“eMail’s for old people” — Benoit College Mindset List

Zac March, director of UM’s eLearning Initiative, sent out a link to an article on how the class of 2014 thinks about technology. This article is based, in part, on the Beloit College Mindset List, published every year since 1998.

What I thought was most interesting about the initial article from www.ecampusnews.com was the conversation it stimulated among the eLearning folks (even more interesting was the conversation took place through email).

Several folks commented on just how old the class of 2014 made them feel based on their mindset (myself included–at 36 years old, I graduated high school right when these students were born).

And yet, the phenomenon of students regularly communicating with each other is actually very old. What we find difficult to grasp is the speed at which students are able to communicate with each other (basically real-time communication all the time). In centuries past, people thought nothing of sending dozens, maybe hundreds of letters a month to their friends and family. The correspondence among America’s founding fathers alone fills numerous thick books and they were also busy running their own business interests and farms (not to mention our country).

Our parents and grandparents were also not strangers to prolific letter writing. I can’t speak for anyone else, but both my mother and grandmother love writing letters–once they discovered email, nonstop communication ensued.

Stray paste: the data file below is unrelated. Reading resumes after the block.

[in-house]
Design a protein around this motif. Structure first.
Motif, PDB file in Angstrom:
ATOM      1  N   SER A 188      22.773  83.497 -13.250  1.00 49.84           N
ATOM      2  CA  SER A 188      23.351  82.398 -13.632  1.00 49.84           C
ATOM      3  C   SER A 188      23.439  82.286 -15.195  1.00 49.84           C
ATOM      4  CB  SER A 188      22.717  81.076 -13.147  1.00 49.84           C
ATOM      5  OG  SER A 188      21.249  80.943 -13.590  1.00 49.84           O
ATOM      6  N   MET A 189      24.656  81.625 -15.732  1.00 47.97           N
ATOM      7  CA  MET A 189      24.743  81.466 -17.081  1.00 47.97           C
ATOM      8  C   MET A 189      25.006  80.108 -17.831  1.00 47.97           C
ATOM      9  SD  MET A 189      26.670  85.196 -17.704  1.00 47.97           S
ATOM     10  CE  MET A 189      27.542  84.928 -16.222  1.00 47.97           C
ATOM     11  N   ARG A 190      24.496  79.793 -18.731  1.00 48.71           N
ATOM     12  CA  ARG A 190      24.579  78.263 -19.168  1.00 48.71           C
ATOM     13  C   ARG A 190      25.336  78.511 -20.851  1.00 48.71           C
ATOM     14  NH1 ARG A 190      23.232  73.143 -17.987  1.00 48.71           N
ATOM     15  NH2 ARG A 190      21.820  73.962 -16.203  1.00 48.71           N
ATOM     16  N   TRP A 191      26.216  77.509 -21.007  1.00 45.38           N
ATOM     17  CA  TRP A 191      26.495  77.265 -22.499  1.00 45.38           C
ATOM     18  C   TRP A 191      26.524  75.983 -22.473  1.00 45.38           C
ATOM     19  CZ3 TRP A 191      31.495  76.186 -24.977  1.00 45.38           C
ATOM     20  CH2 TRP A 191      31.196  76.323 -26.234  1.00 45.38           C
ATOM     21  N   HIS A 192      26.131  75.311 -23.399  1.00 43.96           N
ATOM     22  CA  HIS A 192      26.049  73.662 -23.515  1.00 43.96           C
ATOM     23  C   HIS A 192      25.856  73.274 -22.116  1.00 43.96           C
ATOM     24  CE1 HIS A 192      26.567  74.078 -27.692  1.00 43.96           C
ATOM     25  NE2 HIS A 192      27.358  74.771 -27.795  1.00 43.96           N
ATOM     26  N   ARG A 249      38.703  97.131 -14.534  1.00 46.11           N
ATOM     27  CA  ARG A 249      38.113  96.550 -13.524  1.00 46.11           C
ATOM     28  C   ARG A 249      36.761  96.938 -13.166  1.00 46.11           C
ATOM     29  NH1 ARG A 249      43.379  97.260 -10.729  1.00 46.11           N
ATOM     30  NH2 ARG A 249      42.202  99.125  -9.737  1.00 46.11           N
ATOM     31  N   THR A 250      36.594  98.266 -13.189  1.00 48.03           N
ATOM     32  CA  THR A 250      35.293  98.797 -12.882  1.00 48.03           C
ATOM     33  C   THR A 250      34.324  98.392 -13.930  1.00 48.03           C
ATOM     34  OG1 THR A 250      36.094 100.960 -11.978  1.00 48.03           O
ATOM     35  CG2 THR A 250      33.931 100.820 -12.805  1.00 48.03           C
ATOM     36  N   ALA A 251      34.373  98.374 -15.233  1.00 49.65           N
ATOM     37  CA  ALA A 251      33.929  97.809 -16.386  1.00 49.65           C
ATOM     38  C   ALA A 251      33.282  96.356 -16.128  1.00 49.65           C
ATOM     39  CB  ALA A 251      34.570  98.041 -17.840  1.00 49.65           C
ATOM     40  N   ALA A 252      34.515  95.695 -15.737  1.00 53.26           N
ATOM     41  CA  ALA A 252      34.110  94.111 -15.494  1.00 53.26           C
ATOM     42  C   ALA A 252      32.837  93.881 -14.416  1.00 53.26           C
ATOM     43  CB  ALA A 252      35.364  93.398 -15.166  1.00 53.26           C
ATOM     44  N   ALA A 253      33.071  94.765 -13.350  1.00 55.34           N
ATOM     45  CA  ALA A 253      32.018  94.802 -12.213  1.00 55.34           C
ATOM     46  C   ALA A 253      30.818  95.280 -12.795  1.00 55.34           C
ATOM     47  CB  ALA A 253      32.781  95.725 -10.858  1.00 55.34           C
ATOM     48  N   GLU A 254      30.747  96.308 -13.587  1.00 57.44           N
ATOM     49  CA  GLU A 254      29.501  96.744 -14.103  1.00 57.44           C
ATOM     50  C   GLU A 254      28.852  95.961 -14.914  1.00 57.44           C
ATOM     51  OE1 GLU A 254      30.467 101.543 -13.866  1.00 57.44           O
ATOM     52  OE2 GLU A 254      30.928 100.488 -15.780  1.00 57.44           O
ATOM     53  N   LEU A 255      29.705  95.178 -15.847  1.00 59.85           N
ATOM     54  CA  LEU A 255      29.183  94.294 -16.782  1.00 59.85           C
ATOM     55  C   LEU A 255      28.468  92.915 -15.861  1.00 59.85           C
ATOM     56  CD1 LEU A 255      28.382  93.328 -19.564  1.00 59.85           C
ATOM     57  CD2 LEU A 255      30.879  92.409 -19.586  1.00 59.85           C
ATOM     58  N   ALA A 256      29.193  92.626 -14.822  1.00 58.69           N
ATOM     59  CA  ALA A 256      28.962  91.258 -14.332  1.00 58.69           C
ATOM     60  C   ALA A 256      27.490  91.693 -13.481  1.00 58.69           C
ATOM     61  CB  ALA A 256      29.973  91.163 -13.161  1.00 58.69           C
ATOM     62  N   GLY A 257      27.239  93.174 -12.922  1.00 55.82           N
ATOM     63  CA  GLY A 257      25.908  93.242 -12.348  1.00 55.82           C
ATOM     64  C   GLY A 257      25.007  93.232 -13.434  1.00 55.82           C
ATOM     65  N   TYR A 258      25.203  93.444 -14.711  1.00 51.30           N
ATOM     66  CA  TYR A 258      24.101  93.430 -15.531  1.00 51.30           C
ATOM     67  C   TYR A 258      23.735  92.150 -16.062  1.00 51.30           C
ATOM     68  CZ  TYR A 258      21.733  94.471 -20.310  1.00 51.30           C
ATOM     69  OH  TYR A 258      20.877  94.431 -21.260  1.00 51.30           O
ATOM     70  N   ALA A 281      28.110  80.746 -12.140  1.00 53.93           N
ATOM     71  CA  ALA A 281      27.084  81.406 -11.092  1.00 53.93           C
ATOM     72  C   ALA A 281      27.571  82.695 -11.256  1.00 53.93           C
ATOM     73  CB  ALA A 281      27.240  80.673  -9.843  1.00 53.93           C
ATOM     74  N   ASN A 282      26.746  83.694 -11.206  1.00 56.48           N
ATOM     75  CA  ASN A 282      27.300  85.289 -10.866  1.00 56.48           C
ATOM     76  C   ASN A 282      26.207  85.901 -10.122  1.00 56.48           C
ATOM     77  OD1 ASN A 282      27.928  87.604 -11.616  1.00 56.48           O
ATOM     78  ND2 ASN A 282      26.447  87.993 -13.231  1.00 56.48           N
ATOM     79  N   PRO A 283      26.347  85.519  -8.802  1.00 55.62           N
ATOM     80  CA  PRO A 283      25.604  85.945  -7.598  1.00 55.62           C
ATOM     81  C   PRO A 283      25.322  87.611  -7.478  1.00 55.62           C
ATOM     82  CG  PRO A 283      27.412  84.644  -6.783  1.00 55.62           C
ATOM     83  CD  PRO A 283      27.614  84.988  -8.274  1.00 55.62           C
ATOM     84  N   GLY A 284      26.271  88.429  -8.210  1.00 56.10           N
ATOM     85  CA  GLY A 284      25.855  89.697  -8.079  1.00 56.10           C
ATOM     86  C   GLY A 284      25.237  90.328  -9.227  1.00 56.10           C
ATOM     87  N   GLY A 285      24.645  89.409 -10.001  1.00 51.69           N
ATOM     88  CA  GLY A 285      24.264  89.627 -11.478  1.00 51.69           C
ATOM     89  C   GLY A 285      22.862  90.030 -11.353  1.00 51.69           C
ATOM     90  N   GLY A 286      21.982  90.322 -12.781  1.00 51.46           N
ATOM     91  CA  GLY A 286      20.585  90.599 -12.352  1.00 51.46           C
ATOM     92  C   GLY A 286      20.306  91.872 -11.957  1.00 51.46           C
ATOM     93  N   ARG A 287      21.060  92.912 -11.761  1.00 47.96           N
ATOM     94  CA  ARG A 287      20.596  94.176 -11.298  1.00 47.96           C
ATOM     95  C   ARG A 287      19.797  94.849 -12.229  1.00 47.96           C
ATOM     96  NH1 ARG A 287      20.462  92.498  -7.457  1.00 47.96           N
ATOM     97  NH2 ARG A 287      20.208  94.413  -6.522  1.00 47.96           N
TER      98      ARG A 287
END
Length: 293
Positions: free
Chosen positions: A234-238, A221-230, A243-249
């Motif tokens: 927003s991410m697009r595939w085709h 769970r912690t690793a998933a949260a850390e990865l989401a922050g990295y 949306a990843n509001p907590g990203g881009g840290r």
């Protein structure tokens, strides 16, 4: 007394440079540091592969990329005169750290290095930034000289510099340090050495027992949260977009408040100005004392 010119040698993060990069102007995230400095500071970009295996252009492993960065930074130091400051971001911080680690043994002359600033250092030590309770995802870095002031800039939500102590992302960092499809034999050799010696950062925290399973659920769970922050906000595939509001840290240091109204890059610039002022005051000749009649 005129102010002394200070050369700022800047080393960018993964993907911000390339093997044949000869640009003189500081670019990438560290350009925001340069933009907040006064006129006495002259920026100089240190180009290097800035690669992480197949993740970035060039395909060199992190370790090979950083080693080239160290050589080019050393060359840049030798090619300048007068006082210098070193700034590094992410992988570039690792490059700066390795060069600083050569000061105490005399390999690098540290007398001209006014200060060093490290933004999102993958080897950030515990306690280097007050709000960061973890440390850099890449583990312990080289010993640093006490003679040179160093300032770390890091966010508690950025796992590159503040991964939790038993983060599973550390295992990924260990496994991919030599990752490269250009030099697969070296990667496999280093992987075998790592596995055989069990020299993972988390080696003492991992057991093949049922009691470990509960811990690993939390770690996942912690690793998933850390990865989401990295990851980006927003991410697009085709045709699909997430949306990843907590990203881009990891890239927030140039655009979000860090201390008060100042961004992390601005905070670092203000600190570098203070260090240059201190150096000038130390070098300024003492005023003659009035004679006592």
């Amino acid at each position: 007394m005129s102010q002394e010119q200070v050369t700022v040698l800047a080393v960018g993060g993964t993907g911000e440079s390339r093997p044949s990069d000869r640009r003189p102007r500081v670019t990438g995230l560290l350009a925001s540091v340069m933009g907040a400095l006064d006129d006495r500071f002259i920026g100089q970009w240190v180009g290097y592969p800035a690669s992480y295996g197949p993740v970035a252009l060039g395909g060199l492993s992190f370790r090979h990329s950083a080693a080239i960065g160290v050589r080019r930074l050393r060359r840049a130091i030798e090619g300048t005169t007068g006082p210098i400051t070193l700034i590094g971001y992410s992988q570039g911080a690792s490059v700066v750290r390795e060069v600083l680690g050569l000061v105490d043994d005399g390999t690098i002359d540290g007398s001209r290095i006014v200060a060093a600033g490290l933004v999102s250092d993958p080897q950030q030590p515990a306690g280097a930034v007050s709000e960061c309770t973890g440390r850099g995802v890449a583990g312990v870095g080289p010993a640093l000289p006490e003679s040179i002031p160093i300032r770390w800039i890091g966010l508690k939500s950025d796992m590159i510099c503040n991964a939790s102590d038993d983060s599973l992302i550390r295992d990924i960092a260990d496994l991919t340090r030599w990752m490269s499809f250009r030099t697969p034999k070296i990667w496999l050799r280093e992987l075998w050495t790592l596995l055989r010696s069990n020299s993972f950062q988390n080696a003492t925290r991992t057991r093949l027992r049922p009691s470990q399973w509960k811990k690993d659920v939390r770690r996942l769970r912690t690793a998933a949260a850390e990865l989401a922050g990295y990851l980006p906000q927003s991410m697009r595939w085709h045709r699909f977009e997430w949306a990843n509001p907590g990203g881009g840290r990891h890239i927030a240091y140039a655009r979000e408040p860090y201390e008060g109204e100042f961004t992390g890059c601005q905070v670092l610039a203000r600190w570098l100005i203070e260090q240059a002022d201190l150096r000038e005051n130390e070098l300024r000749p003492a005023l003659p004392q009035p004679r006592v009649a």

As far as the actual list goes, I do have a few bones to pick with the authors of the list.

  • “The males among them are likely to be a minority” — Maybe at another school, but not at Missouri S&T. However, I have seen other studies that are showing that female enrollment in colleges and universities is rising while male enrollment is dropping.
  • 6. Buffy has always been meeting her obligations to hunt down Lothos and the other blood-suckers at Hemery High. — This makes no sense (Buffy the Vampire Slayer hunted vampires at Sunnydale High, as anyone who actually watched the show would know). The authors of the list clearly need to do better research when referring to pop-culture icons.
  • 21. Woody Allen, whose heart has wanted what it wanted, has always been with Soon-Yi Previn. — Do college freshman actually know who Woody Allen is? Why would they even care who he “has always been with”?
  • 31. The first home computer they probably touched was an Apple II or Mac II; they are now in a museum. — This may be true for my generation, but PCs were rapidly coming into vogue in the early nineties when these students were born. Most of my classmates in college had a PC in their dorm room, not an Apple II or Mac. Again the authors display a lack of research on their part.
  • 53. J.R. Ewing has always been dead and gone. Hasn’t he?  — This was old news even when I was a child. Again, why would incoming freshman even care?

Although there are some points on the list that seem like they don’t make a whole lot of sense, most of the items are the “cultural touchstones” between my generation and the incoming generation. Things do change over time. Get used to it.